Your GP practice must always approve any supply of prescription-only medication via a signed prescription. This is the case even if you have been taking your medicine for a long time. This means you must order any medication you need regularly and have it approved by your GP practice before collecting your prescription at the pharmacy. You should order your medicines at least seven days before you run out, allowing your doctor to approve your request and your pharmacy time to dispense and check your medicines safely.
You can order any medicines you need at your nominated pharmacy or directly through your doctors by filing in the repeat slip found in your medicines bag or asking a member of staff to put in a request for you. Another method can be through your GP practice portal (either app or website). A repeat slip is a list of regular medicines that you take that you can order. It will show the dates they were last issued to you by your doctor and a date when you will next be due. It can be found in your prescription bag from the pharmacy. You can only reorder medication on your list, unless told specifically otherwise by your GP practice. If you require medications that are not on your list, you should contact your GP to discuss them. You can also order repeat requests through the NHS app after signing up. You cannot order your medicines too far in advance, for example, right after picking up your medication from the pharmacy.
In England, each prescription item is charged approximately £10. This tax contributes to the cost of your medicines. You will only ever pay the set fee if your medicines cost more. Specific criteria exempt someone from paying prescription fees, including qualifying for certain state benefits, certain health conditions such as diabetes and cancer or for children and the elderly. Purchasing a pre-payment card may save money if you pay for your prescriptions and take regular medications. In the rest of the UK, prescriptions are free. Private prescriptions (not under the NHS) must be paid for, even if you qualify for exemptions under the NHS criteria. The price will depend on the cost of the medicine and dispensing fee that a pharmacy will charge.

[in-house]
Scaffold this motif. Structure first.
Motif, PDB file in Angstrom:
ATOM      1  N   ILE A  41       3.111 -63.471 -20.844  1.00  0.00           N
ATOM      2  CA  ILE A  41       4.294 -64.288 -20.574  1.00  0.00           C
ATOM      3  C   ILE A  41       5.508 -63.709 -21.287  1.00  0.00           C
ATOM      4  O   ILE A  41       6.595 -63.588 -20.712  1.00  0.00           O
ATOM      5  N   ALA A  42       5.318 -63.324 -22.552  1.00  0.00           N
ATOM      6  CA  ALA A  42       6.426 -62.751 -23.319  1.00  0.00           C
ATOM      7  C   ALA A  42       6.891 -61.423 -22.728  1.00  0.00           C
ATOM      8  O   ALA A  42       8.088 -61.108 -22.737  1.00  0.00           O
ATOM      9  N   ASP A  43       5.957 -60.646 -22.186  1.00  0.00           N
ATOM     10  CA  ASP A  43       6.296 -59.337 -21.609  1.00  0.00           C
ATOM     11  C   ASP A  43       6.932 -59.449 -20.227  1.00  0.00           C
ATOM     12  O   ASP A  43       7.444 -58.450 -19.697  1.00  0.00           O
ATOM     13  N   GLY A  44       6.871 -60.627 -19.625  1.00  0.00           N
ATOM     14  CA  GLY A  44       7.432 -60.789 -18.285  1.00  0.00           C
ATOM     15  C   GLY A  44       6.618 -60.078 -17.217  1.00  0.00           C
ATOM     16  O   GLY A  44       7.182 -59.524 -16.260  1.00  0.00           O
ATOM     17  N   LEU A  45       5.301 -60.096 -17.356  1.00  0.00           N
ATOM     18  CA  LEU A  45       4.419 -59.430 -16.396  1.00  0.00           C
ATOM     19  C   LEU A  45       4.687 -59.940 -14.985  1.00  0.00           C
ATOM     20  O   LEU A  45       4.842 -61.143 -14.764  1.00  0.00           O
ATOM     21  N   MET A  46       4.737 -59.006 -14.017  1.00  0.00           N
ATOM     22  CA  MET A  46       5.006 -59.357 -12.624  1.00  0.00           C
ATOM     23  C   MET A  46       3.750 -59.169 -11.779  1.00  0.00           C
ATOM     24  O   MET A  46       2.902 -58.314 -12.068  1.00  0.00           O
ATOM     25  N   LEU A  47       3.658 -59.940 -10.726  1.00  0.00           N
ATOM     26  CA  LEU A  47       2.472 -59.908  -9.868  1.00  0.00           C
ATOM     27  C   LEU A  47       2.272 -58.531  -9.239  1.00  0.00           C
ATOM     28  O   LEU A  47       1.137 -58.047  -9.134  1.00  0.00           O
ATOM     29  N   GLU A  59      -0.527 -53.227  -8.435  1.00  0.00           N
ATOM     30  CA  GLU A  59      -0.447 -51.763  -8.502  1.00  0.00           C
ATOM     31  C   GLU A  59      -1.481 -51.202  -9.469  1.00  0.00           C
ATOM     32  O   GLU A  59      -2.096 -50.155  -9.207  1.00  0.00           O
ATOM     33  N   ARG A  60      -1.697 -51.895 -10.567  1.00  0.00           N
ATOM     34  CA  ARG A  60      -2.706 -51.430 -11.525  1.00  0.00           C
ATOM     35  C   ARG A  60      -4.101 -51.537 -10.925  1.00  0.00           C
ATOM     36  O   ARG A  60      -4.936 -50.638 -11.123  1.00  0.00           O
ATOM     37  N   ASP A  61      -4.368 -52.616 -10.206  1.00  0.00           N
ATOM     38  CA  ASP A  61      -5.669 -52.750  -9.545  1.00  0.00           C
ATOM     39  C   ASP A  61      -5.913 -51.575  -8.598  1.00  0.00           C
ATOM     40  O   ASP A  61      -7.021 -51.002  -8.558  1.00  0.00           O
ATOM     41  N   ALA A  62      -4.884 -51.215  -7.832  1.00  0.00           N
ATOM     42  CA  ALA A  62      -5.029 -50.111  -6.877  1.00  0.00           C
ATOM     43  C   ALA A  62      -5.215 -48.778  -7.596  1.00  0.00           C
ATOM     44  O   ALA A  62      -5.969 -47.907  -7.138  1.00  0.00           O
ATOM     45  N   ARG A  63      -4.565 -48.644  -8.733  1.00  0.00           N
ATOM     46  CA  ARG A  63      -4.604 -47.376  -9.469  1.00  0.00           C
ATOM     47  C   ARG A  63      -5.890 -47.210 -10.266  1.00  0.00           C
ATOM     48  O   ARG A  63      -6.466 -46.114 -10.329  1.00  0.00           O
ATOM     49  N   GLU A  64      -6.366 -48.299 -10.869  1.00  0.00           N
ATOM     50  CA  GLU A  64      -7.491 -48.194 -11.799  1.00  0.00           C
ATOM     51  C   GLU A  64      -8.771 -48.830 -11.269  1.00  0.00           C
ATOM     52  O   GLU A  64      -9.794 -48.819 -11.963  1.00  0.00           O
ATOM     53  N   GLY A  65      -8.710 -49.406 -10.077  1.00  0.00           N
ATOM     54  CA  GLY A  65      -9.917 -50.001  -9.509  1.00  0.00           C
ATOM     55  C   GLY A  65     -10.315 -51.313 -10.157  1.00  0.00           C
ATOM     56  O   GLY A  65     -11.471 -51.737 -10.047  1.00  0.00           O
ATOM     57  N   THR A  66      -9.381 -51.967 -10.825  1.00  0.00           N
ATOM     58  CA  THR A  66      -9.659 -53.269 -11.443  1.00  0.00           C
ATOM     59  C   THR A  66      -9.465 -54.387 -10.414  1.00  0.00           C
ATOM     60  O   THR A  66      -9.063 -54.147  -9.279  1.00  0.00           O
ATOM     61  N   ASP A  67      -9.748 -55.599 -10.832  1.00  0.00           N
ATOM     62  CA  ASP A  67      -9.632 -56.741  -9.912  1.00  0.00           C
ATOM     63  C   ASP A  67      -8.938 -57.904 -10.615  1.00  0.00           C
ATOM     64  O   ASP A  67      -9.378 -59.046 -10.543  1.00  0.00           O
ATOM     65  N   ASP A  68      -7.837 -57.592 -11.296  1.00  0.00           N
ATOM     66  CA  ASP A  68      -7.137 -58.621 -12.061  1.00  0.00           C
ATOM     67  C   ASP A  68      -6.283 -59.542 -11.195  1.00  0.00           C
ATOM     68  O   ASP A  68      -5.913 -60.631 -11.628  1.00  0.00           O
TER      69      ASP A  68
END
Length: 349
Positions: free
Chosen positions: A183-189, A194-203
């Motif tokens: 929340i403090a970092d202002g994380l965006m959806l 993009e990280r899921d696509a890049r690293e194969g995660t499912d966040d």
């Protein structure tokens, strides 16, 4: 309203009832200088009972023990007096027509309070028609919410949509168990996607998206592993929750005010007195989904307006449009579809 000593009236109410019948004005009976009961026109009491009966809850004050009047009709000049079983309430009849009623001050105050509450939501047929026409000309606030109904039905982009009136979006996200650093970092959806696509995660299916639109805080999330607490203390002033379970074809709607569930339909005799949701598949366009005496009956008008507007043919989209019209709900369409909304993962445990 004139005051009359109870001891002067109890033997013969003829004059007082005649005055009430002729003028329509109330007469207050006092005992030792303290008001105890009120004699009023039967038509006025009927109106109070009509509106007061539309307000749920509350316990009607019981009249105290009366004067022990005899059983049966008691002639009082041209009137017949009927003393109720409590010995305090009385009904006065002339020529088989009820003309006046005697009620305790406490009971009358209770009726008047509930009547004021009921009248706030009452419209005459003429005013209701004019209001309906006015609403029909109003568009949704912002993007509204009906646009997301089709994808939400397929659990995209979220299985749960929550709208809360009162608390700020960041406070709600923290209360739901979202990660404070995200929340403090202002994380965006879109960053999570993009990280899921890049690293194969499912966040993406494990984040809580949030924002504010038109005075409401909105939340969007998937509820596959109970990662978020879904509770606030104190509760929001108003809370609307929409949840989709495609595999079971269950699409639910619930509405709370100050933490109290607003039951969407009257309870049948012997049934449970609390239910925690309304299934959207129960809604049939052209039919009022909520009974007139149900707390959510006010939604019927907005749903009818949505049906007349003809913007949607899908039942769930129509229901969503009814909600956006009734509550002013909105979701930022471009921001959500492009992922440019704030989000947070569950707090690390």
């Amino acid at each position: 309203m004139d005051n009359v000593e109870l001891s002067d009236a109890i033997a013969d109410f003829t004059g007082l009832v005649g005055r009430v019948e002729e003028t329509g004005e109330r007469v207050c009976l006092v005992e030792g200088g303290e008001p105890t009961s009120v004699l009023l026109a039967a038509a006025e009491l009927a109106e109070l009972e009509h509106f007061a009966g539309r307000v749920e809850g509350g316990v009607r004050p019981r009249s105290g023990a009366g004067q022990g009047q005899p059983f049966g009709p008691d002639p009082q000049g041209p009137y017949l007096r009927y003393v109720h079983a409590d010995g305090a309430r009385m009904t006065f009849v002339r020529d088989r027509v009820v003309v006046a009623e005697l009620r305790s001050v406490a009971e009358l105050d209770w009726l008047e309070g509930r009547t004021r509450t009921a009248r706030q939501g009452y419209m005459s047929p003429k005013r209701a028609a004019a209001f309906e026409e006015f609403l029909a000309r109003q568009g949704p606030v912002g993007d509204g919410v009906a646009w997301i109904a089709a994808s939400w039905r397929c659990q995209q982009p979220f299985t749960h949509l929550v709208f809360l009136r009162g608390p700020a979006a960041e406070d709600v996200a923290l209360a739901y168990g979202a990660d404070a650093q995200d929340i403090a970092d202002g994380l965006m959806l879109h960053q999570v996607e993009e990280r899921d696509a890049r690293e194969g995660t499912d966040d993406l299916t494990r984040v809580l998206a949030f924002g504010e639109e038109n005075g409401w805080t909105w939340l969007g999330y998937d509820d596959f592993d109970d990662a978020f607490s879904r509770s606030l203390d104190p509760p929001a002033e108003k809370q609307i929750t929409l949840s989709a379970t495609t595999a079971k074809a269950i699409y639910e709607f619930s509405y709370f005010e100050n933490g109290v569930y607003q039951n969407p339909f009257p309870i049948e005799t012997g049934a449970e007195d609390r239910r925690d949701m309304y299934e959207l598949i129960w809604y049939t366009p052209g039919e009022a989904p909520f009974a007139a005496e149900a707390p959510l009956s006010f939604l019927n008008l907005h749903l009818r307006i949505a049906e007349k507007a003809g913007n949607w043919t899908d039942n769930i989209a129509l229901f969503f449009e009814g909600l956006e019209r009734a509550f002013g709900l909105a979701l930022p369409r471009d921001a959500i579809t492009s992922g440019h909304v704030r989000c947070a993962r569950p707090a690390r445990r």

All medicines prescribed by the NHS must be on an approved list set by the NHS Business services authority. Medicines must meet criteria to demonstrate their quality, safety and efficacy and be a good value for money, as accessed by <u>The National Institute for Health and Care Excellence (NICE)</u>. Generic medicines are the standard and first choice for prescribing because they have been accessed to be of the same standard as a branded product with better value for money. Branded medicines may be prescribed if they are the only product available or if a branded medicine is required for medical purposes, e.g. brands of insulins do not act the same and so need brand-specific prescribing.
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